A few days after the publication of Sansal’s novel in English, an Egyptian fundamentalist – as if from some alt-right playbook, wielding a machete and shouting “Allahu Akbar” – assaulted soldiers guarding the real-life Louvre. President Trump issued a warning on social media: “A new radical Islamic terrorist has just attacked in Louvre Museum…GET SMART U.S.”, and as an afterthought: “We must keep ‘evil’ out of our country!” Sansal, who has described the collective effort of North African writers as the “struggle to free ourselves from evil and archaic dictatorship”, has been on a list of banned authors in Algeria since 2006, but in France his work has been lauded: 2084 won the Académie Francaise’s Grand Prix du Roman, and Michel Houellebecq praised Sansal for going further than he had dared to in Submission (2015), his controversial novel imagining an Islamic France. In Paris recently, Sansal gave a lecture to journalists: the French are acting like “useful idiots”, he told them, pandering to Islamists who are akin to Nazis and in the process of taking over their country.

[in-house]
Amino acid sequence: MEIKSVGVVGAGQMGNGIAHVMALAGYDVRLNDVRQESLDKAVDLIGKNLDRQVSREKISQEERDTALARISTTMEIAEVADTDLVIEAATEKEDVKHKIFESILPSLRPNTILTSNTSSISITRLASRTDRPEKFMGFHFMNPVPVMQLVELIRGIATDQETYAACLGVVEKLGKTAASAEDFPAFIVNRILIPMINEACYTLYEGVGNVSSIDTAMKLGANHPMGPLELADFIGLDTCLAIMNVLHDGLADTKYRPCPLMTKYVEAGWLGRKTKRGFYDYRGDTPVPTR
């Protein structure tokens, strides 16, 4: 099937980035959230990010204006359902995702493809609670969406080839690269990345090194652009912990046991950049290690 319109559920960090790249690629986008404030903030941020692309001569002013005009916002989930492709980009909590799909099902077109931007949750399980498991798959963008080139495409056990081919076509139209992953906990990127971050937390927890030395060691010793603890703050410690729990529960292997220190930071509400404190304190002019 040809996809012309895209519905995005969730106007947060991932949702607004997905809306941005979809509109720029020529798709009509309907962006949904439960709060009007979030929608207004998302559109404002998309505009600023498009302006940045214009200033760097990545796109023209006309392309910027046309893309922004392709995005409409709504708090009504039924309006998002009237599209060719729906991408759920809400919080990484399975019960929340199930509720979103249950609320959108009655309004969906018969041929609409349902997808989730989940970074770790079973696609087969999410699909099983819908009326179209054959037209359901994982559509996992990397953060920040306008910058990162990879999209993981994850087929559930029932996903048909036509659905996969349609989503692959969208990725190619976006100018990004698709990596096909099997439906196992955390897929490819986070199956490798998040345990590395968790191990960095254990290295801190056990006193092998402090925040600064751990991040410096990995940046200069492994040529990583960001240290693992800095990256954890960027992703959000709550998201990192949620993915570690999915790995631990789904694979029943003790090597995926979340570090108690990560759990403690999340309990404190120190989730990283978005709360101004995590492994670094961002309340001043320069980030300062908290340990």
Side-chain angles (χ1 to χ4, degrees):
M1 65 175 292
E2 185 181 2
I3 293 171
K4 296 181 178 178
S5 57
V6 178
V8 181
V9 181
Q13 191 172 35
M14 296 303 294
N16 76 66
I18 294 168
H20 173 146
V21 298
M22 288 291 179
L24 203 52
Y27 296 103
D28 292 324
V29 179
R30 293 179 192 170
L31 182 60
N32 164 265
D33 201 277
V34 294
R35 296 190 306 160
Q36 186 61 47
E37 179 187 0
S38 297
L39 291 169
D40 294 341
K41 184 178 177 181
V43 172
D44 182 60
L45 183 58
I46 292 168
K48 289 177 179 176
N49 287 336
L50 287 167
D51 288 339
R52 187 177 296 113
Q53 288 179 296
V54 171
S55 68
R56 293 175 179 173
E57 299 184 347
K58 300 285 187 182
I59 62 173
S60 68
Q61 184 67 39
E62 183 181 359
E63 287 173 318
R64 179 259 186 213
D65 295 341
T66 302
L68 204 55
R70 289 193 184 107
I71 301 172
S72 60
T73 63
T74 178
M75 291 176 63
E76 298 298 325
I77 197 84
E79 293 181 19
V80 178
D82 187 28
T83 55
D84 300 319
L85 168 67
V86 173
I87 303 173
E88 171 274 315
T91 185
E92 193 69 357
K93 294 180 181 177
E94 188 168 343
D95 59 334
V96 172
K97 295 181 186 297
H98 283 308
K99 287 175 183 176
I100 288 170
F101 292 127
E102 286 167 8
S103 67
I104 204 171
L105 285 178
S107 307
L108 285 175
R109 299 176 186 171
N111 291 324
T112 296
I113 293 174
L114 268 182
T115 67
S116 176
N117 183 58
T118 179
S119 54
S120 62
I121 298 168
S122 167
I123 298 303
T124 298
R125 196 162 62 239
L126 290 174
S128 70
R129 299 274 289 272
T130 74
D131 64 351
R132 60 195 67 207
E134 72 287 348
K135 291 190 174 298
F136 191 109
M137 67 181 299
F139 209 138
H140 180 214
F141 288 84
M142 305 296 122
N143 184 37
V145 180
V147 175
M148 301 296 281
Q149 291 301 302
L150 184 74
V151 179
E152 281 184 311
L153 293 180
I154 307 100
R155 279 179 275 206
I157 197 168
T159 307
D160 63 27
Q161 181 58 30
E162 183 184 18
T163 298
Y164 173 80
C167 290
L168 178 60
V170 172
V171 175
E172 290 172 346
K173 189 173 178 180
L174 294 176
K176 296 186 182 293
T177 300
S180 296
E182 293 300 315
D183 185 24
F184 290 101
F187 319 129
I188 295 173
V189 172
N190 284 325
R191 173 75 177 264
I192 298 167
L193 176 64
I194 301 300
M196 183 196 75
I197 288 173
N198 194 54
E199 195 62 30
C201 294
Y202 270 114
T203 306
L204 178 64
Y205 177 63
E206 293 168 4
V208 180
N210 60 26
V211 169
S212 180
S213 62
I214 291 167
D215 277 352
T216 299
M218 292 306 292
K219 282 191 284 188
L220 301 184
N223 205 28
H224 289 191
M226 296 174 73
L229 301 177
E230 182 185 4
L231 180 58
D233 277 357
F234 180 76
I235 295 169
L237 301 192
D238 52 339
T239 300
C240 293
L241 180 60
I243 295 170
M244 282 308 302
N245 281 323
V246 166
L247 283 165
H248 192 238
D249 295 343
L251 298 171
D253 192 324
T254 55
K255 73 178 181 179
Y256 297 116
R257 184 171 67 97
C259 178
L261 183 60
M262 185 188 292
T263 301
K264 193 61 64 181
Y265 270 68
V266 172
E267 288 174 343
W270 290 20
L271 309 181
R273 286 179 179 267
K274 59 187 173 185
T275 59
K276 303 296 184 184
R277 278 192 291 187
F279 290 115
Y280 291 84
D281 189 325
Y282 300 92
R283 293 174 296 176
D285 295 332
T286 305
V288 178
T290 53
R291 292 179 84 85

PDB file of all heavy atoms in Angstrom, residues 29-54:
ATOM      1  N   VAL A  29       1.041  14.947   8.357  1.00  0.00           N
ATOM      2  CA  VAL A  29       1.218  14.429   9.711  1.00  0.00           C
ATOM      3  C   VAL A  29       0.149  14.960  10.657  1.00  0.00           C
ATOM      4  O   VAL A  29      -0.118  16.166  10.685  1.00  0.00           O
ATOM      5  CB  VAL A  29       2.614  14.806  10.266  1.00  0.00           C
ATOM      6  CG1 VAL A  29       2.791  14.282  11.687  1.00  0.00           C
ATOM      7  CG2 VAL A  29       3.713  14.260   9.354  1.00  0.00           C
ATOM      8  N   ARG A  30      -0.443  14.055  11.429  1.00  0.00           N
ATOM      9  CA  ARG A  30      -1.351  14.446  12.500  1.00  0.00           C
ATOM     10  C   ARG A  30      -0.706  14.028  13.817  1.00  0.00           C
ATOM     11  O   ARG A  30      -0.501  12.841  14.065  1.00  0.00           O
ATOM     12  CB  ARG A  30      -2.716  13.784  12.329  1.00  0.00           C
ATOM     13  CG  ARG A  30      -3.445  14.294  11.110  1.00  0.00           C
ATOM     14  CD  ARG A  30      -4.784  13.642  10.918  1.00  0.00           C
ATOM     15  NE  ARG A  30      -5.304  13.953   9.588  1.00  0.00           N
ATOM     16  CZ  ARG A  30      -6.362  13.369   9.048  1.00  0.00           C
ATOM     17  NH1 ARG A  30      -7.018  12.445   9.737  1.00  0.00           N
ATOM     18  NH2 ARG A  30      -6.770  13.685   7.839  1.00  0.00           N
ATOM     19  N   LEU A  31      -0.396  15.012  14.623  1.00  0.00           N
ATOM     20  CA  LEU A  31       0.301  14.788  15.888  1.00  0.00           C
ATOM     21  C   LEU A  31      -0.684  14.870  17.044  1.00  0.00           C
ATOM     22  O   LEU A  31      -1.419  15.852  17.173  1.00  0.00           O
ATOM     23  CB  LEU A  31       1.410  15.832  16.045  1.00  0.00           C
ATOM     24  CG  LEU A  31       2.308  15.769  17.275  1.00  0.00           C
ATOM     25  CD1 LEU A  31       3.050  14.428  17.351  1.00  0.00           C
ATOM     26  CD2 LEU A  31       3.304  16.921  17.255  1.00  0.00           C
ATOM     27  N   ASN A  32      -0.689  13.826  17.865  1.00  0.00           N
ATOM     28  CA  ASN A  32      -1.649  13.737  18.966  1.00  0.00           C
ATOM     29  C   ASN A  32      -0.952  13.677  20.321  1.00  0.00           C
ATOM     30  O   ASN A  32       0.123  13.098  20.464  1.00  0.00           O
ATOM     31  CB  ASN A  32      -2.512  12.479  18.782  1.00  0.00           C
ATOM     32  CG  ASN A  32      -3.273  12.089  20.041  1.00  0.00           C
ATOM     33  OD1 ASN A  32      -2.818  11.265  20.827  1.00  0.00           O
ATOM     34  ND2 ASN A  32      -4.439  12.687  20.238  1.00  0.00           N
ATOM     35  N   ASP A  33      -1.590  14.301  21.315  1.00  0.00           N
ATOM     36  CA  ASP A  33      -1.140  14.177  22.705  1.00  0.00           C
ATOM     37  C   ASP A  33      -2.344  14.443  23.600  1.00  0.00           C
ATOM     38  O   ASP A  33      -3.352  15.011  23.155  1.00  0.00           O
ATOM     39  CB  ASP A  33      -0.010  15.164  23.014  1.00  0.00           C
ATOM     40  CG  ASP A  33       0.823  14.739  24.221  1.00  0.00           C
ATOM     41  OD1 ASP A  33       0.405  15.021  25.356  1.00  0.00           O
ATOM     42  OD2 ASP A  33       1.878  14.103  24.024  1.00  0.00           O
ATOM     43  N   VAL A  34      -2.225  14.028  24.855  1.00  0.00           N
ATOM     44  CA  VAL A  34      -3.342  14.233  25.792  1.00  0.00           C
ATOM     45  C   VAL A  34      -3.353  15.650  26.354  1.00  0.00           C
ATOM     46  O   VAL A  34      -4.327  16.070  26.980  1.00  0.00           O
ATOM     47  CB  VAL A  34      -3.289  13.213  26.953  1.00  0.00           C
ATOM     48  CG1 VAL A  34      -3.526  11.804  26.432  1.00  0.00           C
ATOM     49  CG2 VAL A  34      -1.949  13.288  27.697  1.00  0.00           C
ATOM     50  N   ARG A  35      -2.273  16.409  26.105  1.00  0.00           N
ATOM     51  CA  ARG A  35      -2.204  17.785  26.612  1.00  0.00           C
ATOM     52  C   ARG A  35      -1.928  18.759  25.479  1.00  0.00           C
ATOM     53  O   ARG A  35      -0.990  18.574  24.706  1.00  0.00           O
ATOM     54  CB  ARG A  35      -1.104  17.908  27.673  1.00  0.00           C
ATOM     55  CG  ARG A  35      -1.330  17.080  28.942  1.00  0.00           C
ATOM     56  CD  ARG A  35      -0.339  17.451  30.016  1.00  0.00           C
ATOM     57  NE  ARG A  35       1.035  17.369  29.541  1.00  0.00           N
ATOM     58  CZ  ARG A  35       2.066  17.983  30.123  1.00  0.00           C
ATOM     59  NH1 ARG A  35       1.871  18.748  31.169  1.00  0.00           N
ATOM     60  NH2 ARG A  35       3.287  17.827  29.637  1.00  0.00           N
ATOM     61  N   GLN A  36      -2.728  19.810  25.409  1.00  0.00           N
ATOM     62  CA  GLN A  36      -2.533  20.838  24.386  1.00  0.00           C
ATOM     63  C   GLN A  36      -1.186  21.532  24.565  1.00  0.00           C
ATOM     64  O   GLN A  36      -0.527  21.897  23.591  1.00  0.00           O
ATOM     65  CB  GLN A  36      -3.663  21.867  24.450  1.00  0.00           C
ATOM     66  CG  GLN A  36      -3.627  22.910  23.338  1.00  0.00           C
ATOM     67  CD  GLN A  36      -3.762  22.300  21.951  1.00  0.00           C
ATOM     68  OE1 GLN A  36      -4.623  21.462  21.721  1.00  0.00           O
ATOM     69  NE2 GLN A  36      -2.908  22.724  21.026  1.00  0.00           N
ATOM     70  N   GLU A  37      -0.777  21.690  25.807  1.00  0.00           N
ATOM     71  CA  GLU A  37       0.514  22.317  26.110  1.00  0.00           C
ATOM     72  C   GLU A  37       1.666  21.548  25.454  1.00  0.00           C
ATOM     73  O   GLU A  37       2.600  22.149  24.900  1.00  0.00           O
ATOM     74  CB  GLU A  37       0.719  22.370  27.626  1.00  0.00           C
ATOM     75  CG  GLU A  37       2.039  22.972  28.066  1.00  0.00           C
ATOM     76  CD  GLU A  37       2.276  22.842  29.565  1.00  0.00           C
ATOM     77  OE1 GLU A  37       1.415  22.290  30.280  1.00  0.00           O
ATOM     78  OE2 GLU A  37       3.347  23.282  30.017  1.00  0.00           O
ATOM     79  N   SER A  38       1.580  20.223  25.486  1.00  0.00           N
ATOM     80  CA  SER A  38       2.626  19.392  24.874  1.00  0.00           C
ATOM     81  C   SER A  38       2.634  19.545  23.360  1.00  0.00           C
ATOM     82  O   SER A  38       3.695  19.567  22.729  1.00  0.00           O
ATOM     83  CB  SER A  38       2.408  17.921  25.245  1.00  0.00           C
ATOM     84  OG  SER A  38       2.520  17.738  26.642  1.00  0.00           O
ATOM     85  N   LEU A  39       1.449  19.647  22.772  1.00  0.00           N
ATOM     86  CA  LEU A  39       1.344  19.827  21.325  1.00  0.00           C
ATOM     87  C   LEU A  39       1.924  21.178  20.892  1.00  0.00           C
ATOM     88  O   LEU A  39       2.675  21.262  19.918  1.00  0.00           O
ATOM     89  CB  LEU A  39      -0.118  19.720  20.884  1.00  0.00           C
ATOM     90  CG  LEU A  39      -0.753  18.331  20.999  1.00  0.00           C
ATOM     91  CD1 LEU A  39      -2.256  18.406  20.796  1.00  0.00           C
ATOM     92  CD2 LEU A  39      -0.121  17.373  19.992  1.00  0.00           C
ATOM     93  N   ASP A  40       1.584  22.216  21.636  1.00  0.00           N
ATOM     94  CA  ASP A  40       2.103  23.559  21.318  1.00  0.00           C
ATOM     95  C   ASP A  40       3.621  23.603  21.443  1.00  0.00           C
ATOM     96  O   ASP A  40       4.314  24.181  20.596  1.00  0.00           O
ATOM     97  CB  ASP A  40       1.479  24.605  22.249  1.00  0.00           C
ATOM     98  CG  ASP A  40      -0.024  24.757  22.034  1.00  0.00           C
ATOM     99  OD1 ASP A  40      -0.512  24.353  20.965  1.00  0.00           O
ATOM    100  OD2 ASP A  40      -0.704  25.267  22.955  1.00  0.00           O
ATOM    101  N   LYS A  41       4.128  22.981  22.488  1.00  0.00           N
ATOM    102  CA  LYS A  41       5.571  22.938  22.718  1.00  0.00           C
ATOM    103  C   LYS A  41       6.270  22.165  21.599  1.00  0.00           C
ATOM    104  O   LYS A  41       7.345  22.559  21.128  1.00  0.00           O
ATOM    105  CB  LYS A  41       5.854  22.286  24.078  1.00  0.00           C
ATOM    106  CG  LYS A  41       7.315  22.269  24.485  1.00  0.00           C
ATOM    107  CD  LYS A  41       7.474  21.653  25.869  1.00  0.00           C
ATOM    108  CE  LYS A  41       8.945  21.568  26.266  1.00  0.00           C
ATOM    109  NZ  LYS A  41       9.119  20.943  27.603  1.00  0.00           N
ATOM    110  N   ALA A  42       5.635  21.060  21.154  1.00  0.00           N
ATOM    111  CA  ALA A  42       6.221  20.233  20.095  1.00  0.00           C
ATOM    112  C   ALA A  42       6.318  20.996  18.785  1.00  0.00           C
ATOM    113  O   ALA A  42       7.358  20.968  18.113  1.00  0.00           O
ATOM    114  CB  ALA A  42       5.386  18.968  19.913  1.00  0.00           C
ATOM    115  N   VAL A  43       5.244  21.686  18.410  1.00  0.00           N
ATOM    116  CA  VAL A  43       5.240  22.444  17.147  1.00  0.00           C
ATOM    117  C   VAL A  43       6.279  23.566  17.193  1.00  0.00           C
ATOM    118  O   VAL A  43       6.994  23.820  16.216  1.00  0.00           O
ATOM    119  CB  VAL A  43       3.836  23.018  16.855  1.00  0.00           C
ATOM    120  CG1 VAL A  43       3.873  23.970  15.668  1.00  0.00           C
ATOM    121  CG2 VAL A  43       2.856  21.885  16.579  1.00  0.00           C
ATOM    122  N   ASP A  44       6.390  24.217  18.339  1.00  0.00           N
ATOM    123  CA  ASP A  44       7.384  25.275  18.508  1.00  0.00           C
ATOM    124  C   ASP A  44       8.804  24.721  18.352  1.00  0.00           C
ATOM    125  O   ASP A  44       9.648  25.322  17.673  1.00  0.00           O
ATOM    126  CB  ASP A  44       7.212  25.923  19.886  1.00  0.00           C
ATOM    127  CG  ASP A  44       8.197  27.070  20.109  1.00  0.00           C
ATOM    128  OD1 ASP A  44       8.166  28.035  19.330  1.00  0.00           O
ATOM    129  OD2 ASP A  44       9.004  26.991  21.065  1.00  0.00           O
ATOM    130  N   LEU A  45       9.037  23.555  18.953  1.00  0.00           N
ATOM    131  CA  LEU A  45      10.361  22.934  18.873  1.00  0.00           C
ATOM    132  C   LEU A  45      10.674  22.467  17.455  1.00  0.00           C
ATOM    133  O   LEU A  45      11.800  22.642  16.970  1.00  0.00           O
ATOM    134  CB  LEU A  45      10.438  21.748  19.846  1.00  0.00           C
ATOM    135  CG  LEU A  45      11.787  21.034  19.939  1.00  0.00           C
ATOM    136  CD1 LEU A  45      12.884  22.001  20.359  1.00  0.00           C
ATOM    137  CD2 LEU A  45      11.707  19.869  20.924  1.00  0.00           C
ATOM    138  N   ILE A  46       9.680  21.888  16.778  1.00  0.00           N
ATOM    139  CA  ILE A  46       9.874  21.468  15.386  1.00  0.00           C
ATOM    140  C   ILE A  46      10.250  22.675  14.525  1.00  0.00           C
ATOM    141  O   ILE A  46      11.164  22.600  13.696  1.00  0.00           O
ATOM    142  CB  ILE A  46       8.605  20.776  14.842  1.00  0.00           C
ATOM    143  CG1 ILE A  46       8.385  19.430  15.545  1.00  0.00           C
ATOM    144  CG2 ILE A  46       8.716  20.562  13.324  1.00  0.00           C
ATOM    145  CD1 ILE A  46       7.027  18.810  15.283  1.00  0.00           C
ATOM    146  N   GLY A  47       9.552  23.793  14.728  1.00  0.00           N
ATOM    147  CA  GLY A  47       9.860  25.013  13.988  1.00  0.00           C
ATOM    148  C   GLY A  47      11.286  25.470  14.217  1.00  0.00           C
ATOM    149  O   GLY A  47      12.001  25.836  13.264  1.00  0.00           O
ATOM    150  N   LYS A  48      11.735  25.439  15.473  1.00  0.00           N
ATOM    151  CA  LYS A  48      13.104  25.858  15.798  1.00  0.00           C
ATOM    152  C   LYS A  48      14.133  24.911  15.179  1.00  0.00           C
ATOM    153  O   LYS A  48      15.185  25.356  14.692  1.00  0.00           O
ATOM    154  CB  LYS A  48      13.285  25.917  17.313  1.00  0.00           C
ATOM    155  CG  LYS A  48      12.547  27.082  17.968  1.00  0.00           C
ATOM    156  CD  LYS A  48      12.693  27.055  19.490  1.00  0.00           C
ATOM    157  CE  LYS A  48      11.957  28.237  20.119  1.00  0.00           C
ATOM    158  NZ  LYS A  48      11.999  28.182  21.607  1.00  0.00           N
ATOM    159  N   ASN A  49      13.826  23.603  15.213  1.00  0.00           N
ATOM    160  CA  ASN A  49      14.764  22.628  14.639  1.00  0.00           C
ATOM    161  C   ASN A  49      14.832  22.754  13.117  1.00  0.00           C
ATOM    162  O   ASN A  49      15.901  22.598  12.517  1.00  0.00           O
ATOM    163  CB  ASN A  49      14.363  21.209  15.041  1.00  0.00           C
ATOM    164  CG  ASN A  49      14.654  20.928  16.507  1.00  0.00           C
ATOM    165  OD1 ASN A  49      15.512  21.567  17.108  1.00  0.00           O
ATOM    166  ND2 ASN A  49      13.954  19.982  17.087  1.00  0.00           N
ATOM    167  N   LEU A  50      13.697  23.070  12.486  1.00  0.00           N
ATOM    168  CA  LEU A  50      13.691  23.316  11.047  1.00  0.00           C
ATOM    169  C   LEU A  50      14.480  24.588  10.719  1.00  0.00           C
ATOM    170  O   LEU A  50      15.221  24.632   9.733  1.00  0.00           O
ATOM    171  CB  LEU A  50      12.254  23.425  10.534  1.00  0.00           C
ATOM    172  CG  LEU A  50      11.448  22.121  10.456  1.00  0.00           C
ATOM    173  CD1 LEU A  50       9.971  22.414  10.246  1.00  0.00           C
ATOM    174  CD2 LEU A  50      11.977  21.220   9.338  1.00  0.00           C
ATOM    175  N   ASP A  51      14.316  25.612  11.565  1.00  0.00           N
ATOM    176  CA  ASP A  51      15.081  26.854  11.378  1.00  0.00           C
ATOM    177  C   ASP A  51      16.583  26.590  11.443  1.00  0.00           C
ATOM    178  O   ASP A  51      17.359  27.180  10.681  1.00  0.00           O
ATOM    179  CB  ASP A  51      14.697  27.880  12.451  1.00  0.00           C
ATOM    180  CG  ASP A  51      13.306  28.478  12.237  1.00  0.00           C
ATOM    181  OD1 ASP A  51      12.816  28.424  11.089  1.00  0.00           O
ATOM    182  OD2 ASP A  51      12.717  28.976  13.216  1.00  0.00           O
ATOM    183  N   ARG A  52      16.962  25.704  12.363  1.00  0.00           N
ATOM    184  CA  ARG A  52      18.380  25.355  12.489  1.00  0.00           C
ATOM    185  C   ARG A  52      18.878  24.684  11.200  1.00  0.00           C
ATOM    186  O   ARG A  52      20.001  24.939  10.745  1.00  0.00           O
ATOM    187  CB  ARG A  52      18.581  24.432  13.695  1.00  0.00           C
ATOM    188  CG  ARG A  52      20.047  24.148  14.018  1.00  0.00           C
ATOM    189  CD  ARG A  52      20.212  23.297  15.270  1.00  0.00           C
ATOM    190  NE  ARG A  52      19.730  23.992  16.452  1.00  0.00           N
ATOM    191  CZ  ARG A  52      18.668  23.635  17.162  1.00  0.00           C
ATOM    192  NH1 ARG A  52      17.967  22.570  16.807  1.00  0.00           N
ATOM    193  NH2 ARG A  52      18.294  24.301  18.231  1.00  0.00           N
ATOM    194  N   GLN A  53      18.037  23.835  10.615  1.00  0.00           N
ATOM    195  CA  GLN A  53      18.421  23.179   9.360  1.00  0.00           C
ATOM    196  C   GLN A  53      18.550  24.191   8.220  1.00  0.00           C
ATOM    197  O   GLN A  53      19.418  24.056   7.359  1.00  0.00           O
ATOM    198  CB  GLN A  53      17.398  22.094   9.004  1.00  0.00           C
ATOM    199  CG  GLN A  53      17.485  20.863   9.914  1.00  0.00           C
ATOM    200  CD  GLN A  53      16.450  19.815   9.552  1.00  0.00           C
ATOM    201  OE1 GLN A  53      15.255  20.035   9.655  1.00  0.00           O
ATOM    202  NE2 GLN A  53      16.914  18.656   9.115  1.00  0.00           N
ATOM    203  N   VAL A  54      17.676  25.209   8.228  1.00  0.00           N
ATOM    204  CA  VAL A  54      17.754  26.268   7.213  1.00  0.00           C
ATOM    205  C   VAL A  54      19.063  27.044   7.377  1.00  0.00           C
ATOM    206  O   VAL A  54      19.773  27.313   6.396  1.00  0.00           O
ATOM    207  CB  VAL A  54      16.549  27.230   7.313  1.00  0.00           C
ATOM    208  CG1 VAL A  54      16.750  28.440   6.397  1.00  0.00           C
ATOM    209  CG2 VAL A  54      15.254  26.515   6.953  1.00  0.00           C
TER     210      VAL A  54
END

Sansal’s speech seemed like a howl of pain from a man who has seen his country transfigured by Islamisation: once his home town had one mosque, now there are eleven, and he has watched non-religious friends become pious and conformist. But his appeal to the superiority of a secular and modernist France comes at a time when racist, anti-Muslim feeling is rising: Marine Le Pen – who herself said the spread of Islam in France was akin to Nazis occupation – may soon be elected President. Such a climate means that translators of fiction have to think, more than usually, long and hard about the inflections they give to any story. As Elisabeth Jaquette, the English translator of Basma Abdel Aziz’s The Queue (2016) – another dystopian novel examining the way Islam is used by the state to bolster its own power – told me: “In a country like Egypt, where Islam is the state religion, writing against a Muslim regime is writing against state authority; in the US/UK, it plays into prevailing Islamophobic narratives.” Alison Anderson’s deft and intelligent translation of 2084 from its original French into English, helps to overcome such binary thinking by conveying Sansal’s abhorrence of a system that controls people’s minds, while explaining that the system was not originally evil but has been corrupted: “an inner malfunction in an ancient religion which had once brought honour and happiness to many great tribes…its workings had been broken by the violent, discordant use that had been made of it over the centuries, and this had been aggravated by the absence of competent repairmen or attentive guides.” In the current political context of fear-mongering and obfuscation, and of competing arguments about the free play of the imagination versus the need to defend the bullied or traduced, the challenge for readers is to encounter texts from other countries without prejudice or complicity, or at least to recognise when these might be in play.